Another great thing is that more and more consumers are buying form local companies. Only a few years ago, the preferred choice was always the foreign brand and only cost conscious consumers would buy local. However, things are changing now; as small businesses offer better quality, better service and better prices, consumers are slowly but surely shifting to local.
What are some of the Challenges?
The biggest challenge that I faced in the beginning was a lack of entrepreneurial culture in the kingdom. Yes, a lot of Saudis have launched businesses as a side hustle, but hardly ever as their main source of income. If you decide to go against the grain, it is often seen as a sign of weakness or a failure to land a good job. Yet the culture is slowly becoming more accepting of start-ups, and I have seen a number of young people start and succeed at businesses that people might have laughed at five years ago.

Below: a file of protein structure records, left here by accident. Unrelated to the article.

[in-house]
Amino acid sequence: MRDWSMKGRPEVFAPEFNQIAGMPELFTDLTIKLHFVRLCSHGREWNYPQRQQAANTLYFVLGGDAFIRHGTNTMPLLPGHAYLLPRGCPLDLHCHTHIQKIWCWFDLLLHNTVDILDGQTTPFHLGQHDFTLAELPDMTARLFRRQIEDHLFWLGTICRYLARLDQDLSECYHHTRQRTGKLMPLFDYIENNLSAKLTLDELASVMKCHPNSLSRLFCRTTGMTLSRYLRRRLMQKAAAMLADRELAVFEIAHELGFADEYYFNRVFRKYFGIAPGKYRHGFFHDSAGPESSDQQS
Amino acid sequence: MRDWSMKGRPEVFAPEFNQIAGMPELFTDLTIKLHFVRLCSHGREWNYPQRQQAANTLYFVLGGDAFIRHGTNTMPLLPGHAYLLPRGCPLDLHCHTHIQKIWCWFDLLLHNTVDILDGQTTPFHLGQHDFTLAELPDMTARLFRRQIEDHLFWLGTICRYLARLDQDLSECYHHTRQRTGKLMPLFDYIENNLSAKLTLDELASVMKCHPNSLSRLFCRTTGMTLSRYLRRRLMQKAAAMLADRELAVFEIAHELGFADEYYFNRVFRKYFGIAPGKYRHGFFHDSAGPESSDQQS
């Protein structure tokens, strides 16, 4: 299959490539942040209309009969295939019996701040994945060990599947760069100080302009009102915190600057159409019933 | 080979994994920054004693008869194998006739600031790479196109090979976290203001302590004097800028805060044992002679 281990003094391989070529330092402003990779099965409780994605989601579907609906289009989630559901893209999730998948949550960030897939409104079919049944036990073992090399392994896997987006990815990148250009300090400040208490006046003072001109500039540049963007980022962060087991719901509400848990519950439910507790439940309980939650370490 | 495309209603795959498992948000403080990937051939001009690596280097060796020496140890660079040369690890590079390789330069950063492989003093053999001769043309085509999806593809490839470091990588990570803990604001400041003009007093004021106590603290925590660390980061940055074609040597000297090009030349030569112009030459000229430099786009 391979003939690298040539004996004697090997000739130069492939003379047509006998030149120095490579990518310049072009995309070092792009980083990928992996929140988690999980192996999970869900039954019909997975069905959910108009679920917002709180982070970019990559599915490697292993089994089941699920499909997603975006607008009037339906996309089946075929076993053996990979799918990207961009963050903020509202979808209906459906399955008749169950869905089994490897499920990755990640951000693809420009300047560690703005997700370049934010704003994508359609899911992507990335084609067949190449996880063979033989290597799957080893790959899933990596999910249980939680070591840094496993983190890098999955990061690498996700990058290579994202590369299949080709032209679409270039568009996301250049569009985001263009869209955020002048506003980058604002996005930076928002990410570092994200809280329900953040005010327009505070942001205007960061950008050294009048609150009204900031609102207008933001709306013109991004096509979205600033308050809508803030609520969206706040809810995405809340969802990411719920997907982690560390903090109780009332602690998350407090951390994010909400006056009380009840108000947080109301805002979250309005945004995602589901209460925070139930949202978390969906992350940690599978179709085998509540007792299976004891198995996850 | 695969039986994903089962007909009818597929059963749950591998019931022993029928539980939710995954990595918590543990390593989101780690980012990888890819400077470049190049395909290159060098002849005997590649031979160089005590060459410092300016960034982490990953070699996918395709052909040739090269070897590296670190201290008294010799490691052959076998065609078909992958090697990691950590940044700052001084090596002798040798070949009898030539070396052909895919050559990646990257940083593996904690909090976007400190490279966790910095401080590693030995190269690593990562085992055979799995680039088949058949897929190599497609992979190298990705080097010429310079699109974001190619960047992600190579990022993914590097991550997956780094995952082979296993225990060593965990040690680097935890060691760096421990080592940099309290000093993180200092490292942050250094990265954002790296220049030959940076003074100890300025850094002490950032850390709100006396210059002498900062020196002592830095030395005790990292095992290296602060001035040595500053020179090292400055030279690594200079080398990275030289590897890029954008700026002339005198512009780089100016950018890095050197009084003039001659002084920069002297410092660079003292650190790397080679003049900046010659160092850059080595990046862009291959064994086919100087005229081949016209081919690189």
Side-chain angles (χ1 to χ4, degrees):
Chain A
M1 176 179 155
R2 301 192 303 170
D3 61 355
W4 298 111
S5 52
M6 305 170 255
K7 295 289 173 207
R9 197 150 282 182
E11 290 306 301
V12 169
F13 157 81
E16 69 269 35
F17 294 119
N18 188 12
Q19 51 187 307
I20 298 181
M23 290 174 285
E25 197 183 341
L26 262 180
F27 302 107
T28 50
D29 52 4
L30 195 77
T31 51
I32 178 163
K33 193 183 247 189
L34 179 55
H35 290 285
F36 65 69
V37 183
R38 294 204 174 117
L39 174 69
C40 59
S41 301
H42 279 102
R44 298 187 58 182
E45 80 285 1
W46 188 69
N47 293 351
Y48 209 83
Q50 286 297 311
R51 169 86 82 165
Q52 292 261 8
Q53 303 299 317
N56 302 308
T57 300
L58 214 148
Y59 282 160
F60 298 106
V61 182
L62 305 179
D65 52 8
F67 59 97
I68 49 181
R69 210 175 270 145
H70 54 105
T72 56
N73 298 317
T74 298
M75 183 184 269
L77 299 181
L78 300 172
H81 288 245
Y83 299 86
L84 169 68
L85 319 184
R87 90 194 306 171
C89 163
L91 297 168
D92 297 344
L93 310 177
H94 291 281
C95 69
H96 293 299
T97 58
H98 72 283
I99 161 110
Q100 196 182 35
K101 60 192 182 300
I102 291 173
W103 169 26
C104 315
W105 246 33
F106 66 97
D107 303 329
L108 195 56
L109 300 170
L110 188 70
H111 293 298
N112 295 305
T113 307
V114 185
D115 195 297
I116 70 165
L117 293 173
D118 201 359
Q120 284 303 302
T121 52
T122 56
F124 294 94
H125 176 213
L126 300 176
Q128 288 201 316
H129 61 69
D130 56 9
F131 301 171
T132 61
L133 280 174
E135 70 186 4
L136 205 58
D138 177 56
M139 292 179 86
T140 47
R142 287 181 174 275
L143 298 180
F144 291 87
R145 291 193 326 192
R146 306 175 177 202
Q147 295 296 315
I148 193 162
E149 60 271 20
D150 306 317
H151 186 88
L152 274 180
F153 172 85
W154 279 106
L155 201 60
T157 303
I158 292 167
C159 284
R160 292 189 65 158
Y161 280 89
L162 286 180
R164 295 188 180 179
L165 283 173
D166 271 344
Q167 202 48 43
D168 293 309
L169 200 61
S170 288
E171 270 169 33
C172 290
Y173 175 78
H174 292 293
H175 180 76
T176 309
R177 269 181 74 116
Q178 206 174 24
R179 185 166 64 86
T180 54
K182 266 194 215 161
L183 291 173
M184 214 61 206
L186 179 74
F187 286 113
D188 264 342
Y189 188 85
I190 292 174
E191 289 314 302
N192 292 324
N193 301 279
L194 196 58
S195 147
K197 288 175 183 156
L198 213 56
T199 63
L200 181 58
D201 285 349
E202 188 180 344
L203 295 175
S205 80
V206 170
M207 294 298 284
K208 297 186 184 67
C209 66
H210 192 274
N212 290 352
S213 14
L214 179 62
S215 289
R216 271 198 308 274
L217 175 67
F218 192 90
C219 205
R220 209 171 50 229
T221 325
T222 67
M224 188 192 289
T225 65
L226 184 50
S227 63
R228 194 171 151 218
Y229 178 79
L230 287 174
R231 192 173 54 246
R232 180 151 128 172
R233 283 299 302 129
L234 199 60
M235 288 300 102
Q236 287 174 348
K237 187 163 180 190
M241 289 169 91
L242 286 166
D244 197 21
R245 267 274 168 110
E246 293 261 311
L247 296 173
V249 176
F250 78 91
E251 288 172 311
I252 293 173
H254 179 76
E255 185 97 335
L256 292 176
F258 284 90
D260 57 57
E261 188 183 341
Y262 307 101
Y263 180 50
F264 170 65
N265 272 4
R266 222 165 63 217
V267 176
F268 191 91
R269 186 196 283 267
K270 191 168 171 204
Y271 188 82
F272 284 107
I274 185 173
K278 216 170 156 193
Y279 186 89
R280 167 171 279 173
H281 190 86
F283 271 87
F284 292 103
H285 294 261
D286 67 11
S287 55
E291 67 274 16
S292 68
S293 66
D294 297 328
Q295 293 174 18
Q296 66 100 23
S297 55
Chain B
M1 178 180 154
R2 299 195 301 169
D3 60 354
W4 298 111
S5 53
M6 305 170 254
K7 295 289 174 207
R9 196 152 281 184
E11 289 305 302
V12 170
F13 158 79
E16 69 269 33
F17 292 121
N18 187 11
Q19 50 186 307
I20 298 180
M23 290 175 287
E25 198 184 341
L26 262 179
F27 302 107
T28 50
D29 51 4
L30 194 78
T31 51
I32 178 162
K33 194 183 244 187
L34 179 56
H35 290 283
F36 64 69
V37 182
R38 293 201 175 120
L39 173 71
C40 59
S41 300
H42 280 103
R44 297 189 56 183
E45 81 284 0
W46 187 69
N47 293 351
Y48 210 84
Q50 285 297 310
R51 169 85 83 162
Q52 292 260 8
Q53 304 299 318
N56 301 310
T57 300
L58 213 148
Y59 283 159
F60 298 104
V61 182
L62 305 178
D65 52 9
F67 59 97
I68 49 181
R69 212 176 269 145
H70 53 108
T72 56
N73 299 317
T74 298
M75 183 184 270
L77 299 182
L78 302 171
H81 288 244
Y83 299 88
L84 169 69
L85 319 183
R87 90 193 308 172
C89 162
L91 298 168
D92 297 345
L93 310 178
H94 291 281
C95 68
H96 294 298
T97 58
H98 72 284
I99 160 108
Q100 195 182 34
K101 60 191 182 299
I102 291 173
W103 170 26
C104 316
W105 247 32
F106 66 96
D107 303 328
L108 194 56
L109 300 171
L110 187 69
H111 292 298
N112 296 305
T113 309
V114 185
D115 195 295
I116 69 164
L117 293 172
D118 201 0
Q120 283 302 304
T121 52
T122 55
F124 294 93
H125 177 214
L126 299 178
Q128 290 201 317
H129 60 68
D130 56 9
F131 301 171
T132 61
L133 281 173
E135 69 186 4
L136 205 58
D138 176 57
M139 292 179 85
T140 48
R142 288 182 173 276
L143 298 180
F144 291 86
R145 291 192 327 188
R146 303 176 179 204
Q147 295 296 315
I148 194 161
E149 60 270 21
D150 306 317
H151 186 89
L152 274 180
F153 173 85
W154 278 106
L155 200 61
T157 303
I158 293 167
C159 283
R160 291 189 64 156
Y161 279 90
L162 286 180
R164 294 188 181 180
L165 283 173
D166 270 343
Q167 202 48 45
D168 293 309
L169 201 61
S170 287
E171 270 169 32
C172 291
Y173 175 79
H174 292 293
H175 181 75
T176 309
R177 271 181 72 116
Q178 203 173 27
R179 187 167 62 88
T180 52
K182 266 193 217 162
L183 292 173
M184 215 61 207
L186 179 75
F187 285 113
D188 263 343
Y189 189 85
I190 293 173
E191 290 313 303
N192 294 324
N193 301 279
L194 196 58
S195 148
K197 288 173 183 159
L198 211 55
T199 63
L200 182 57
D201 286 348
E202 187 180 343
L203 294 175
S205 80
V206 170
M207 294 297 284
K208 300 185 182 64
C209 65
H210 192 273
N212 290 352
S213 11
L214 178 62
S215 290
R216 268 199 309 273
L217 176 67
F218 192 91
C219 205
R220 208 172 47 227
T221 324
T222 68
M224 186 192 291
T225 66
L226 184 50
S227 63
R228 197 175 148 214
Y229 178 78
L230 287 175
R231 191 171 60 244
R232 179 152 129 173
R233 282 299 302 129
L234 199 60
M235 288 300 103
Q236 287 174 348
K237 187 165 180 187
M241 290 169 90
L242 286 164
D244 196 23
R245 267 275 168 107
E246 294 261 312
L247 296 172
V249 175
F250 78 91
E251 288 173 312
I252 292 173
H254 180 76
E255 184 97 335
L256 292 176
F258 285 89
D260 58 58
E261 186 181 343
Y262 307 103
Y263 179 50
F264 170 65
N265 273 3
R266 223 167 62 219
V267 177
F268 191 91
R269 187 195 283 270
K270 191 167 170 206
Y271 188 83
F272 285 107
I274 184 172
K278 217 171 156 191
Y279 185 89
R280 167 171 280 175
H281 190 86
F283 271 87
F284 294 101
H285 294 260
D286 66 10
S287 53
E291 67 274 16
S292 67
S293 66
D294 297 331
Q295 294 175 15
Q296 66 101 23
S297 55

There is also the challenge of not having enough opportunities for growth and networking, in terms of trade fairs, industry collaborations, and conferences. If only there were more networking platforms, young entrepreneurs would not be as intimidated. There are some very inspiring people in the kingdom who have built their empires from the ground up, but young entrepreneurs do not have access to them and or ways to learn through their experiences. This essentially means that we have to go through our own learning curve and many end up making easily avoidable mistakes or worse, winding up a company at the first sign of failure.
What three things you would want to change about corporate culture in Saudi Arabia?
Firstly, companies should be more transparent. It is understandable if companies do not want to talk about where they fall short, but they don’t even talk when they succeed. They do not tell the world what worked for them. Often we simply see a press release, possibly drafted by a PR guy who is disconnected to its value as news. We don’t have very many success stories, case studies, and tips from seasoned entrepreneurs.